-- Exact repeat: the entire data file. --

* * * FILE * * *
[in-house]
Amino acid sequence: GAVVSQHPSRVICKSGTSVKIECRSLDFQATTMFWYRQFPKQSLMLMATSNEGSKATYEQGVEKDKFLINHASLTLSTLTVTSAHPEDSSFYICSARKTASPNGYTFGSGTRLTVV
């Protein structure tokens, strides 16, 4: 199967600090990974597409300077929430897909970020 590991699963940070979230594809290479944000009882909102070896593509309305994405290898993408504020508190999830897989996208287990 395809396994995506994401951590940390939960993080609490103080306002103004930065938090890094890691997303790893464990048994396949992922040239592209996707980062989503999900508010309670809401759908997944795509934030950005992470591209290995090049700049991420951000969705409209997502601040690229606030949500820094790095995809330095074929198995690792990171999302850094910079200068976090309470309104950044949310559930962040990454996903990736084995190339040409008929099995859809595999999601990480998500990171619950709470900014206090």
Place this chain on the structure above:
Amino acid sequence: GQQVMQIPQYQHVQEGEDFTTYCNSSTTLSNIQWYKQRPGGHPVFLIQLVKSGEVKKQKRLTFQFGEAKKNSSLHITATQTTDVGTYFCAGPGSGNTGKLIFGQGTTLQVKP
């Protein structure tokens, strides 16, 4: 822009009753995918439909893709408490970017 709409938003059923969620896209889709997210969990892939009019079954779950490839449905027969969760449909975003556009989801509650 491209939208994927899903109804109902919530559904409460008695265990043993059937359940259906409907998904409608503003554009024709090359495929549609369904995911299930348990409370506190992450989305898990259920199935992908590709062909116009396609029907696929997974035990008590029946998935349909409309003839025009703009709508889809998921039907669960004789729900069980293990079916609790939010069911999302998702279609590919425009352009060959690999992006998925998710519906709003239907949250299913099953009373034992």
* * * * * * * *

[in-house]
Amino acid sequence: GAVVSQHPSRVICKSGTSVKIECRSLDFQATTMFWYRQFPKQSLMLMATSNEGSKATYEQGVEKDKFLINHASLTLSTLTVTSAHPEDSSFYICSARKTASPNGYTFGSGTRLTVV
């Protein structure tokens, strides 16, 4: 199967600090990974597409300077929430897909970020 590991699963940070979230594809290479944000009882909102070896593509309305994405290898993408504020508190999830897989996208287990 395809396994995506994401951590940390939960993080609490103080306002103004930065938090890094890691997303790893464990048994396949992922040239592209996707980062989503999900508010309670809401759908997944795509934030950005992470591209290995090049700049991420951000969705409209997502601040690229606030949500820094790095995809330095074929198995690792990171999302850094910079200068976090309470309104950044949310559930962040990454996903990736084995190339040409008929099995859809595999999601990480998500990171619950709470900014206090």
Place this chain on the structure above:
Amino acid sequence: GQQVMQIPQYQHVQEGEDFTTYCNSSTTLSNIQWYKQRPGGHPVFLIQLVKSGEVKKQKRLTFQFGEAKKNSSLHITATQTTDVGTYFCAGPGSGNTGKLIFGQGTTLQVKP
């Protein structure tokens, strides 16, 4: 822009009753995918439909893709408490970017 709409938003059923969620896209889709997210969990892939009019079954779950490839449905027969969760449909975003556009989801509650 491209939208994927899903109804109902919530559904409460008695265990043993059937359940259906409907998904409608503003554009024709090359495929549609369904995911299930348990409370506190992450989305898990259920199935992908590709062909116009396609029907696929997974035990008590029946998935349909409309003839025009703009709508889809998921039907669960004789729900069980293990079916609790939010069911999302998702279609590919425009352009060959690999992006998925998710519906709003239907949250299913099953009373034992």